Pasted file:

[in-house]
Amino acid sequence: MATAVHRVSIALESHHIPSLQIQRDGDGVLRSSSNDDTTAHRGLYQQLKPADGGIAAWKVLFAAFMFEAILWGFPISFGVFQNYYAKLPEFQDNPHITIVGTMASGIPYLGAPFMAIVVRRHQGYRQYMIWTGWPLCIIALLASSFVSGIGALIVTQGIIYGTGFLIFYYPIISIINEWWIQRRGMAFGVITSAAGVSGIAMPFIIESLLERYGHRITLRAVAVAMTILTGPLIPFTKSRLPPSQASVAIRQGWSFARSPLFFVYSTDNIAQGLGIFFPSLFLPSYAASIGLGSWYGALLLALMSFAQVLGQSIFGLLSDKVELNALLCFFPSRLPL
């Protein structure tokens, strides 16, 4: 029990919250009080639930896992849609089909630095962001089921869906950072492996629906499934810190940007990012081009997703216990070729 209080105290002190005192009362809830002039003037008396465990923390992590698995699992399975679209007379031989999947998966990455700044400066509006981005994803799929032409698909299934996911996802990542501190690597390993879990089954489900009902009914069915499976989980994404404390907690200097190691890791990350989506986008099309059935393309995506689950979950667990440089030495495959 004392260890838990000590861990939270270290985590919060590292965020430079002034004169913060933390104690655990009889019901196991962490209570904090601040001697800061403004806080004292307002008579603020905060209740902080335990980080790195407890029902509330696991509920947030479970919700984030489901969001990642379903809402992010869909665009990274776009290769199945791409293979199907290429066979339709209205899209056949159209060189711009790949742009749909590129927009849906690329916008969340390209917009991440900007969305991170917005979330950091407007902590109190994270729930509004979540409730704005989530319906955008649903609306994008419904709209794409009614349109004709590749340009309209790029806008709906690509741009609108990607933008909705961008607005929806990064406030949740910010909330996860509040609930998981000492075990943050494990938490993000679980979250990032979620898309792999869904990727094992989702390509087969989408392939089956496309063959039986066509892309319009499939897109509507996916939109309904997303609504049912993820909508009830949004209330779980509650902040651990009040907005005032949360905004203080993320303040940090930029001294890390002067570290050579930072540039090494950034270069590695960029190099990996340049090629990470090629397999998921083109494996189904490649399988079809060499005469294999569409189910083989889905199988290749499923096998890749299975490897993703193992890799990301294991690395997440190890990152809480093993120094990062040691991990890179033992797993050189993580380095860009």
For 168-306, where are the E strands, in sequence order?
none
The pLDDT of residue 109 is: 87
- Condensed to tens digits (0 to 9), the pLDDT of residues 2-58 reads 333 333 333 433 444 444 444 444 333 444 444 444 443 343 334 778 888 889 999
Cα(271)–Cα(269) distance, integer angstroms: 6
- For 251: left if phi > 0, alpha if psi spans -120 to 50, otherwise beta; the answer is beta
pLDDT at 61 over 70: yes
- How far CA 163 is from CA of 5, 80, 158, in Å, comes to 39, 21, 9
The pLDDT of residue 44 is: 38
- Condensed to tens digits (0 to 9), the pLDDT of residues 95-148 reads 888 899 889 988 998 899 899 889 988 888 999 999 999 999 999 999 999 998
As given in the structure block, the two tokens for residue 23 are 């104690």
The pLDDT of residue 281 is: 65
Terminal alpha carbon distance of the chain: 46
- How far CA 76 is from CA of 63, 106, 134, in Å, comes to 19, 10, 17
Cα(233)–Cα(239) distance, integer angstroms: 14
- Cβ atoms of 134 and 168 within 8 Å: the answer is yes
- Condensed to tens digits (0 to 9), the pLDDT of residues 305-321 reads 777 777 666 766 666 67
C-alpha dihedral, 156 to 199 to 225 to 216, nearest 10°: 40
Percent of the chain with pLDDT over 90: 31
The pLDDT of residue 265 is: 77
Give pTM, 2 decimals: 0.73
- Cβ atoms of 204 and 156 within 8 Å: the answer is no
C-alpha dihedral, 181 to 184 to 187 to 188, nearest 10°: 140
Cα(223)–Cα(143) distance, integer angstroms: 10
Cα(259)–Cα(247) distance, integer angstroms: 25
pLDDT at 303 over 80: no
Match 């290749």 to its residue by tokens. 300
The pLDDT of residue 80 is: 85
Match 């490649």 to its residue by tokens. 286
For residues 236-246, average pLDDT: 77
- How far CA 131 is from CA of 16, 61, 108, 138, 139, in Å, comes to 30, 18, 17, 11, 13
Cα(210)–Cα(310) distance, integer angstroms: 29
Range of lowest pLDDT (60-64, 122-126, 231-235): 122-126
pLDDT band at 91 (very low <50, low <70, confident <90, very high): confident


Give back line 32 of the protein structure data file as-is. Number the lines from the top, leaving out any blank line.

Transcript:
Match 């490649």 to its residue by tokens. 286